WHITBOURNE CHAPEL: Its life in the 21st Century and its hope for the future.
Whitbourne Chapel has been in existence for over two hundred years. We are an independent Baptist Chapel, which means that we stand for the historic mainstream Christian faith, that we manage our own affairs, that we are totally self-
Architecturally the Chapel is not graceful, but it is very interesting. It is possible to see the changes and extensions over the years from its beginning as a small country cottage to its present day function. If the Chapel is not beautiful, its location certainly is. The surrounding fields give a sense of peace, there is a distant view of Cley Hill and we are often visited by deer and pheasants. We have quite a large resident colony of pipistrelle bats. We may have a countrywide claim to being the place of worship nearest to giraffes, camels and other exotic fauna too!
In the early days of nonconformity, Christians of our persuasion were usually baptised in a local river. Modern Baptist Churches have an indoor baptistery like a miniature swimming pool. Whitbourne Chapel is a halfway house. We have a large, cement-
Of course, a church is a fellowship of Christian people not merely a collection of buildings. The little graveyard adjoining the Chapel bears witness to stalwart Christians who maintained the Faith in this area and who are now with God: Enos Mines, Aaron and Len White, Graham Sweet, the founder: Richard Parsons, and many more –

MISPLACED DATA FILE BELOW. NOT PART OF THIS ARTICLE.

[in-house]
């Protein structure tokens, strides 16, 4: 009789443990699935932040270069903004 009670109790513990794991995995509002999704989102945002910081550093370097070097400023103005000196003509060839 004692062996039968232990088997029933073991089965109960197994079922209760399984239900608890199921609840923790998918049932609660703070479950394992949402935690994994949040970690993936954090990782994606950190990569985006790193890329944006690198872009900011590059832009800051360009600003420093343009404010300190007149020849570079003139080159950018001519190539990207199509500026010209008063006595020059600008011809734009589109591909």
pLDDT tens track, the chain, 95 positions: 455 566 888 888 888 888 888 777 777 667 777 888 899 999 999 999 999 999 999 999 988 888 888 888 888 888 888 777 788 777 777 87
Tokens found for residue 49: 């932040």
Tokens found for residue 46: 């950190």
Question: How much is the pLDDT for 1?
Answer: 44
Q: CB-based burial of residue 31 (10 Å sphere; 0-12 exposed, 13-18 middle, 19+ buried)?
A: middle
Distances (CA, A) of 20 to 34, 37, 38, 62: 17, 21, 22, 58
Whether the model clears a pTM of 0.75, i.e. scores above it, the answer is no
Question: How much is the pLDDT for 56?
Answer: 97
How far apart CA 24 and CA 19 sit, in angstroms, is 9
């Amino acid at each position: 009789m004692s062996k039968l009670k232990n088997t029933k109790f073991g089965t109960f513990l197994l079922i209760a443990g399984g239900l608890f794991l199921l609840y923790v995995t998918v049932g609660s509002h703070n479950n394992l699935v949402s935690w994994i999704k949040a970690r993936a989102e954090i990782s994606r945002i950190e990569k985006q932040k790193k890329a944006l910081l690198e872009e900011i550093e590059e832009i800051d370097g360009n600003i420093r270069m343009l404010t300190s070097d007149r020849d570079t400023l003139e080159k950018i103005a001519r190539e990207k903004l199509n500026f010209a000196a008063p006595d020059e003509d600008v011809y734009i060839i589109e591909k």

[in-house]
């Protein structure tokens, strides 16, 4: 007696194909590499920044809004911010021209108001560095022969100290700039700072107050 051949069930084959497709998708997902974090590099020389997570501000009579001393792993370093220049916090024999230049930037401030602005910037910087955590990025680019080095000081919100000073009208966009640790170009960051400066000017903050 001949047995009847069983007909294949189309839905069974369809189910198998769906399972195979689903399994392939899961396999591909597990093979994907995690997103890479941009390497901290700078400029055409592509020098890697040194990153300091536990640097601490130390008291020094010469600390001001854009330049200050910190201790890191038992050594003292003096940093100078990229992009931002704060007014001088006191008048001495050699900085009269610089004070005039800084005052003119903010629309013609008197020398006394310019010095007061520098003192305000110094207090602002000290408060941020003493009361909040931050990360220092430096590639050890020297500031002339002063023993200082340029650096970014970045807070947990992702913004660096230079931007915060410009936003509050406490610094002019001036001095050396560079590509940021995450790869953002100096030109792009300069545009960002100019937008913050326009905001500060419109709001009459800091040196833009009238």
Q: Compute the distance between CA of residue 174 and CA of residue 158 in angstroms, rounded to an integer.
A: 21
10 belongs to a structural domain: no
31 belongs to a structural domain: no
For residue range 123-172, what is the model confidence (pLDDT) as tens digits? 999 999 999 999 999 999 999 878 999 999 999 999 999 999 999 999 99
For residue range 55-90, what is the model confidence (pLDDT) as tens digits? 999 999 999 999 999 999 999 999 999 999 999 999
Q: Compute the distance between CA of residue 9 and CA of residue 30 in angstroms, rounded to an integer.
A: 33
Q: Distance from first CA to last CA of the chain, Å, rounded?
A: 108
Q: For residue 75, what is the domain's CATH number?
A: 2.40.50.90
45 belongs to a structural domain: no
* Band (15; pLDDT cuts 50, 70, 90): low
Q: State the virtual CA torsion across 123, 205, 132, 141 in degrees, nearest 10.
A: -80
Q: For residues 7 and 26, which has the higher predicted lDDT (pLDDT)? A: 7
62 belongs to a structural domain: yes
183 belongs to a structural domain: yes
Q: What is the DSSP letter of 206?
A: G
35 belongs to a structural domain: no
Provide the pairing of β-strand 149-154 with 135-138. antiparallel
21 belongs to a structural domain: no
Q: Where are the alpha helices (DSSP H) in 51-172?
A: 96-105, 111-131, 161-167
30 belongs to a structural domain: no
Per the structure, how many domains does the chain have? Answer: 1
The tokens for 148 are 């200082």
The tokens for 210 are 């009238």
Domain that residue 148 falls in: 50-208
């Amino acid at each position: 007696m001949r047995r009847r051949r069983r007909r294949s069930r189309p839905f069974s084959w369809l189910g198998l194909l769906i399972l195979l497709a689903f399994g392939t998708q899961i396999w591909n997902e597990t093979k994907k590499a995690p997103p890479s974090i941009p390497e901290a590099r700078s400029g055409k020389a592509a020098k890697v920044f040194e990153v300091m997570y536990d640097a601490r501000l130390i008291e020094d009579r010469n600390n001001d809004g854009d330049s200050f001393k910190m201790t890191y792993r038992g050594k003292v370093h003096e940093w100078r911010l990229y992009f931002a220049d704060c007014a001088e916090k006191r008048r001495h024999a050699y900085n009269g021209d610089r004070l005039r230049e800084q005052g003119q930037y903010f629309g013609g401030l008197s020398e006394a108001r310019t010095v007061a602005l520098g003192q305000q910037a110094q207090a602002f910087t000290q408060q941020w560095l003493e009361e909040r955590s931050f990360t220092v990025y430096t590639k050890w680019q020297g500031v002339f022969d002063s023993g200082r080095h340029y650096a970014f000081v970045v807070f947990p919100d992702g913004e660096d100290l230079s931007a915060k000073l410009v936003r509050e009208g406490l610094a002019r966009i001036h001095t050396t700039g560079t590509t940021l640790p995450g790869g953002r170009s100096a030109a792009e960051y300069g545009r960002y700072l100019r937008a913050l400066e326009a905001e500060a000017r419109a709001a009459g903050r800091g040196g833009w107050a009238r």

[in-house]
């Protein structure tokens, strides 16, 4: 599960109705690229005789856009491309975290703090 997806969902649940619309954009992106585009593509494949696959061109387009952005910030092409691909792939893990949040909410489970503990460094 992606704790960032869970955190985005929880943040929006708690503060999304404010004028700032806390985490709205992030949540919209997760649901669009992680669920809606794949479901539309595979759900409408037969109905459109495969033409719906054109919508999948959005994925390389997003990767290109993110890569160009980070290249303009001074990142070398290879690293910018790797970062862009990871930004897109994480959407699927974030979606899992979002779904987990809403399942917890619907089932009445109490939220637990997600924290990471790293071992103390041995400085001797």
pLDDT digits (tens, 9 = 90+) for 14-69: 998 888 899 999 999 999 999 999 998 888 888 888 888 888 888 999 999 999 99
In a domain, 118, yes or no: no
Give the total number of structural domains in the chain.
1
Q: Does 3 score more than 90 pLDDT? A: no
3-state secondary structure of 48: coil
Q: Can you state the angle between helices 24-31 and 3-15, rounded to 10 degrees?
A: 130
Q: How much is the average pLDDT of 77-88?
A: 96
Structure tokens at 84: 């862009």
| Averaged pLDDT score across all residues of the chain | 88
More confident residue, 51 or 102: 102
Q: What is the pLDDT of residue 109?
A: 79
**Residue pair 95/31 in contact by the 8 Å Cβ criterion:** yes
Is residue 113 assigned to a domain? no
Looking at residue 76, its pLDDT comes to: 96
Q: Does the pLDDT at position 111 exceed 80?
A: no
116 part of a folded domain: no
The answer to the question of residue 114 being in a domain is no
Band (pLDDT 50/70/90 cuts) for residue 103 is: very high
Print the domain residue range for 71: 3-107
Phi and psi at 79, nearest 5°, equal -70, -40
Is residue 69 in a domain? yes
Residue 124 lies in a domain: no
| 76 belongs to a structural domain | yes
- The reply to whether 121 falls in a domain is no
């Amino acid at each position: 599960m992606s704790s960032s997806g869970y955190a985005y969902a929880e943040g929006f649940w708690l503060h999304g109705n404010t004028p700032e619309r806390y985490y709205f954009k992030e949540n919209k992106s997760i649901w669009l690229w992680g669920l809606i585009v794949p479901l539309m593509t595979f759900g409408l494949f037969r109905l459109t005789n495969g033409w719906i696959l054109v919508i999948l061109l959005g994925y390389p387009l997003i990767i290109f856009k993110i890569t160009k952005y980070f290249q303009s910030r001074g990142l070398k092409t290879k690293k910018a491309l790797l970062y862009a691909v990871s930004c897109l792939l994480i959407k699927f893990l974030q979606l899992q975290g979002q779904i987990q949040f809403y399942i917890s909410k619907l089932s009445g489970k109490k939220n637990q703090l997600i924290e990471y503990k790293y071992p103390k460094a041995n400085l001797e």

Looking through the records of the past centuries it is interesting to see how the same sorts of questions have been asked and answered in the same sorts of ways: How to reach people with the Gospel? How to heat the Chapel? Who should maintain the organ? Should it be moved downstairs? Should the times of the services be changed? There have been disagreements –
We survived the War, perhaps not surprisingly in this country area, although a 1940 note shows that there was great concern that the Chapel blackout was not effective. It seems harder to survive the Peace. Most people now fill their lives with everything except God. According to our Chapel records the last 50 years were marked by the coming of the power of electricity: 1950 –
“So faith, hope, love abide, these three; but the greatest of these is love.”
1 Corinthians 13. 13
And almost the last words in the New Testament: “Surely I am coming soon. Amen. Come, Lord Jesus!” Revelation 22. 20